So much of a story is who tells it. Certain narrators afford us the distance to regard a protagonist critically, or to understand how their actions affect those around them. Often in first-person narratives, the narrator is the protagonist, which can facilitate a deep, emotional bond between the reader and said protagonist. However, unusual—or even unlikely—narrators can gift us with insights we would have no way of gleaning otherwise.
Prompt: Tell the story of Hansel and Gretel from the perspective of the Witch’s gingerbread house. How much of the story does the Gingerbread House witness? Does it feel things physically, and if so, does it experience pain when Hansel and Gretel bite off pieces of sugared windowsill or gumdrop lattice work? Does the Gingerbread House piece the story together from overheard fragments of character dialogue?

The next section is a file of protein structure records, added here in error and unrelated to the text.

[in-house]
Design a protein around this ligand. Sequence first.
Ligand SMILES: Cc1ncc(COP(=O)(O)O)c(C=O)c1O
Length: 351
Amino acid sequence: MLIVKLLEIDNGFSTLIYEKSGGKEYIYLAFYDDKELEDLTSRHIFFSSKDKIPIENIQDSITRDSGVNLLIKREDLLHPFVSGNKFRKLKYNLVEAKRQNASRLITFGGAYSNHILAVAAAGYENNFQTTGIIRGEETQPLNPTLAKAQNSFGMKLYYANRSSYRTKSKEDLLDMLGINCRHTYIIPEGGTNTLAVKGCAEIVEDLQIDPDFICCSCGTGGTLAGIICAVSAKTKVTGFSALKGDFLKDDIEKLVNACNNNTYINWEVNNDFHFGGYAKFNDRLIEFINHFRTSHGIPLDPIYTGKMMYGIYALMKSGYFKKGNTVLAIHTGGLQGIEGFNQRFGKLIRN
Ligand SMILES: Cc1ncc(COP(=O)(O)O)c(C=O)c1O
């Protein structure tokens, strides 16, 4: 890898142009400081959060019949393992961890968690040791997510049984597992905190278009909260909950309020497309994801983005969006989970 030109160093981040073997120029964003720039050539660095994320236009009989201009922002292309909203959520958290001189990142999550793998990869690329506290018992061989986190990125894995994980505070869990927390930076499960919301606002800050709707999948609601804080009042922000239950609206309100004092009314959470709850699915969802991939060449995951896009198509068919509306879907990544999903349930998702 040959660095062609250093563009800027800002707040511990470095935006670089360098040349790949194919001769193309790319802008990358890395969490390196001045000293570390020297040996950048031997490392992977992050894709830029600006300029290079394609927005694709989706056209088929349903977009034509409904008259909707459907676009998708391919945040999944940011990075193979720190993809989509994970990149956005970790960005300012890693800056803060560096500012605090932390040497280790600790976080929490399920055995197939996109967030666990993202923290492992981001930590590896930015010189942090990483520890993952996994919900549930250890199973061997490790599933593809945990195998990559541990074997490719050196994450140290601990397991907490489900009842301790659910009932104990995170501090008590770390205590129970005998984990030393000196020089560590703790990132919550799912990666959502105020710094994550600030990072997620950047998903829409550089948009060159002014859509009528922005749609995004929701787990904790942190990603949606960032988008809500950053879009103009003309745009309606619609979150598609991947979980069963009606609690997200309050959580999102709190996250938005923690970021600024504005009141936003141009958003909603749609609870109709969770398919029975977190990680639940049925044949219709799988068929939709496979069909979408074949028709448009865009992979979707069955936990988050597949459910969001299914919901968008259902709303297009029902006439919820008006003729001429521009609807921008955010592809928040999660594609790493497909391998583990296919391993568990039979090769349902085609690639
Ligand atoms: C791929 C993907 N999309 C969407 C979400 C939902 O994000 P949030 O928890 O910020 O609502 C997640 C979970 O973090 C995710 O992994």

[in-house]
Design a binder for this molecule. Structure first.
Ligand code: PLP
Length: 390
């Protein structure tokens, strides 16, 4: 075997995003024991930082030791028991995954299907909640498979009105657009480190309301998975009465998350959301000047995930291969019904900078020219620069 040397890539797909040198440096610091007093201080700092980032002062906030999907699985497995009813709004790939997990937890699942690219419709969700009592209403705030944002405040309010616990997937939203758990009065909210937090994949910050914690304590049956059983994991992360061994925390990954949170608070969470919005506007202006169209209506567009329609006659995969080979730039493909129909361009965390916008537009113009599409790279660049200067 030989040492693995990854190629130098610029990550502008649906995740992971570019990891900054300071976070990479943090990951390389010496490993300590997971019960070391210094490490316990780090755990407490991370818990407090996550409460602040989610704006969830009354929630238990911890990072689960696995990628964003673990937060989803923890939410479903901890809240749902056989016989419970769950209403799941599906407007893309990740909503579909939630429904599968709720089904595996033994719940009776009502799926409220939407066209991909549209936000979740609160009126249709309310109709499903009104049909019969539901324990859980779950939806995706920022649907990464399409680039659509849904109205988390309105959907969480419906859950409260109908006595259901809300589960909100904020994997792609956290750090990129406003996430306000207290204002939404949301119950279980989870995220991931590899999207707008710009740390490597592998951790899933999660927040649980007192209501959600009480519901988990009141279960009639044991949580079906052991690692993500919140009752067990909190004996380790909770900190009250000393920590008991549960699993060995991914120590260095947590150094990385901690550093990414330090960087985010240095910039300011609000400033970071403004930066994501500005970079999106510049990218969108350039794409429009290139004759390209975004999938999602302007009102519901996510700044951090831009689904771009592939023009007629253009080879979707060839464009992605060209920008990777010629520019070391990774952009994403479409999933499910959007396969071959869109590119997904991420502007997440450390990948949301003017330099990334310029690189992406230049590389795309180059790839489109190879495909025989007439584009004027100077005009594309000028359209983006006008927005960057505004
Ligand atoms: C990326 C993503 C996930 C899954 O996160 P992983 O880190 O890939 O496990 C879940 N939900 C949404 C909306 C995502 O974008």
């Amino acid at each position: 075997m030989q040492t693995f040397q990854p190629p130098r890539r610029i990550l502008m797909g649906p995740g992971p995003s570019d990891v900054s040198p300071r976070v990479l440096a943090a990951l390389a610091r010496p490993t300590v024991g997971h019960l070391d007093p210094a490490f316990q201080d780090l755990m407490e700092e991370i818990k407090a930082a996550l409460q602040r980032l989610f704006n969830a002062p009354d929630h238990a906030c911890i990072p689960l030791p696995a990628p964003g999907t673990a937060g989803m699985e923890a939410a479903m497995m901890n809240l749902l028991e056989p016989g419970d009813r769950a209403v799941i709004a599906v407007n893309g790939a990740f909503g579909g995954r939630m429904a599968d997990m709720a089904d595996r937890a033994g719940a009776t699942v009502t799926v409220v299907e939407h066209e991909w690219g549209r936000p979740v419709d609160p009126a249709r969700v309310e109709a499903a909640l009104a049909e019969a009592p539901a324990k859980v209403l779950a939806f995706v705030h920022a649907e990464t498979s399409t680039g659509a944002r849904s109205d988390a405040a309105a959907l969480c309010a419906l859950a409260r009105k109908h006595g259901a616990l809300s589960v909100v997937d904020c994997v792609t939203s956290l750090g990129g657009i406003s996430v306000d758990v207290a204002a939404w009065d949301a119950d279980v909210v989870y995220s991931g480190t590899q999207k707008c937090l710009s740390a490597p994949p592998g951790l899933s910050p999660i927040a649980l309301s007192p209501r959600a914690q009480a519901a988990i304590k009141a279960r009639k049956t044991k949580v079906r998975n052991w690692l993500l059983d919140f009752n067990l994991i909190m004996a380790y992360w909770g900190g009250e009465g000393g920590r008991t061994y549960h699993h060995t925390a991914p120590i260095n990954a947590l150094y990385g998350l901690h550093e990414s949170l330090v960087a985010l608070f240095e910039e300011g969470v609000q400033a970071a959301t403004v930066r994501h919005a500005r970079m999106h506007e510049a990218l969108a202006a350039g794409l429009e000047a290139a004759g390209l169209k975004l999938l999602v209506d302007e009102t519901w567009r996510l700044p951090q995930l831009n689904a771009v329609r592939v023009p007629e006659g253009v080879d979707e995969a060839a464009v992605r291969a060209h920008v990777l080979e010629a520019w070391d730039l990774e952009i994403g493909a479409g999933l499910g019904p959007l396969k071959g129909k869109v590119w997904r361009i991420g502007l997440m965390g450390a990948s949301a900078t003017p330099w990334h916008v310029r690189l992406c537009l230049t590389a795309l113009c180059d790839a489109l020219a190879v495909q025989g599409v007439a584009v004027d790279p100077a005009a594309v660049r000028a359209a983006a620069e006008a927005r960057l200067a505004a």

Prompt created for you by:
Willow Loveday Little
Willow is a Canadian writer and poet based in Montreal. She is currently working on the first draft of a speculative fiction manuscript, the second draft of a literary fiction manuscript, and a handful of creative, writing-related projects. Her poetry has appeared in The Dalhousie Review. Start a conversation with her on creative process at @willowloveday or say hello at www.willowloveday.com